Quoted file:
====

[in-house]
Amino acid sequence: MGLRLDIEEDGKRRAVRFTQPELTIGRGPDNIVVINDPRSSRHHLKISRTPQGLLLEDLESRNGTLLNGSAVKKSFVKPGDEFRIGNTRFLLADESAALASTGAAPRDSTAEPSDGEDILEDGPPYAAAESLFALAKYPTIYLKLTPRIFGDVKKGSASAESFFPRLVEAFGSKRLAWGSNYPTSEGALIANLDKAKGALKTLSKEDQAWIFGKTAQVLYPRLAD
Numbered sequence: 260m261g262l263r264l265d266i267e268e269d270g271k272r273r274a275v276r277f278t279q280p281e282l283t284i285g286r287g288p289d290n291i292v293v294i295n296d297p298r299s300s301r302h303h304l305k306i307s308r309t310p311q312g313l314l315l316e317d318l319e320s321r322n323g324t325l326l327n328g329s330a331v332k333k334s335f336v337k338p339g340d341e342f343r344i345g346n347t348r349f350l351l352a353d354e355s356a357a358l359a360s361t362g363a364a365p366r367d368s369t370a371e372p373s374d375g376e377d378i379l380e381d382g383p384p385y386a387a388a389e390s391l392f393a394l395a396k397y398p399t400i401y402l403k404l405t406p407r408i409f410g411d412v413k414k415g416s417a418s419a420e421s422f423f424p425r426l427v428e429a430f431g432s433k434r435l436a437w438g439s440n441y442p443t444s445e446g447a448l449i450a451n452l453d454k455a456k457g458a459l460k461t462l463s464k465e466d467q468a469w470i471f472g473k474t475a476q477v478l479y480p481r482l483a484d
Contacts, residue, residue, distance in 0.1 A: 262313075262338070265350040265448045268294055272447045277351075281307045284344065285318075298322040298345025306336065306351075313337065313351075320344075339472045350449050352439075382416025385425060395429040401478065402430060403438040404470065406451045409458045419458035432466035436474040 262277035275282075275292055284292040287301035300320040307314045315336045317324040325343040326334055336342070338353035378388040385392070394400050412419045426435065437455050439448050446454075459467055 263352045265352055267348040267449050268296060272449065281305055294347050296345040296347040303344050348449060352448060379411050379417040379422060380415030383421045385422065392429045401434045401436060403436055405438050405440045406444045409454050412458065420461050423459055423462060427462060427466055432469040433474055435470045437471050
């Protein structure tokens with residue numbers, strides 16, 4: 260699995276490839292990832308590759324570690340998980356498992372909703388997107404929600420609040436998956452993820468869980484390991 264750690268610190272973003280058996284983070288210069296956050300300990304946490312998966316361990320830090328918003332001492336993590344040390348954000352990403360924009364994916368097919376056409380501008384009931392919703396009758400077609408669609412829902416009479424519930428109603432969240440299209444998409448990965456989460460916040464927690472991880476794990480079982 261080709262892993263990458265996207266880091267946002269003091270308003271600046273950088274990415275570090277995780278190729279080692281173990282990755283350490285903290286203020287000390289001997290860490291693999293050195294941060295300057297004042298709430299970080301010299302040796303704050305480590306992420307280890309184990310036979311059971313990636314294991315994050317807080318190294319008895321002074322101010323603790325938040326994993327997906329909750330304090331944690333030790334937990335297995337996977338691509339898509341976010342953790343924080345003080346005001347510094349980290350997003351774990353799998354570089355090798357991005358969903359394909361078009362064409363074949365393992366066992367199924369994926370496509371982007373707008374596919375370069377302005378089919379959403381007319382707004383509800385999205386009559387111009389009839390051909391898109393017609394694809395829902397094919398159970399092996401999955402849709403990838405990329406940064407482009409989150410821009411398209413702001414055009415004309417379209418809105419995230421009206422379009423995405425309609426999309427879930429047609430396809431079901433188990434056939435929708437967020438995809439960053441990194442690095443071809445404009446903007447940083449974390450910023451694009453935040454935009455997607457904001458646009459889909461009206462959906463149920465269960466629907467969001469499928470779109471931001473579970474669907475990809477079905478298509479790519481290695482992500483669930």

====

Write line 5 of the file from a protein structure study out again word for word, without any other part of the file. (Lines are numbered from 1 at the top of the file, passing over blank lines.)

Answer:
């Protein structure tokens with residue numbers, strides 16, 4: 260699995276490839292990832308590759324570690340998980356498992372909703388997107404929600420609040436998956452993820468869980484390991 264750690268610190272973003280058996284983070288210069296956050300300990304946490312998966316361990320830090328918003332001492336993590344040390348954000352990403360924009364994916368097919376056409380501008384009931392919703396009758400077609408669609412829902416009479424519930428109603432969240440299209444998409448990965456989460460916040464927690472991880476794990480079982 261080709262892993263990458265996207266880091267946002269003091270308003271600046273950088274990415275570090277995780278190729279080692281173990282990755283350490285903290286203020287000390289001997290860490291693999293050195294941060295300057297004042298709430299970080301010299302040796303704050305480590306992420307280890309184990310036979311059971313990636314294991315994050317807080318190294319008895321002074322101010323603790325938040326994993327997906329909750330304090331944690333030790334937990335297995337996977338691509339898509341976010342953790343924080345003080346005001347510094349980290350997003351774990353799998354570089355090798357991005358969903359394909361078009362064409363074949365393992366066992367199924369994926370496509371982007373707008374596919375370069377302005378089919379959403381007319382707004383509800385999205386009559387111009389009839390051909391898109393017609394694809395829902397094919398159970399092996401999955402849709403990838405990329406940064407482009409989150410821009411398209413702001414055009415004309417379209418809105419995230421009206422379009423995405425309609426999309427879930429047609430396809431079901433188990434056939435929708437967020438995809439960053441990194442690095443071809445404009446903007447940083449974390450910023451694009453935040454935009455997607457904001458646009459889909461009206462959906463149920465269960466629907467969001469499928470779109471931001473579970474669907475990809477079905478298509479790519481290695482992500483669930």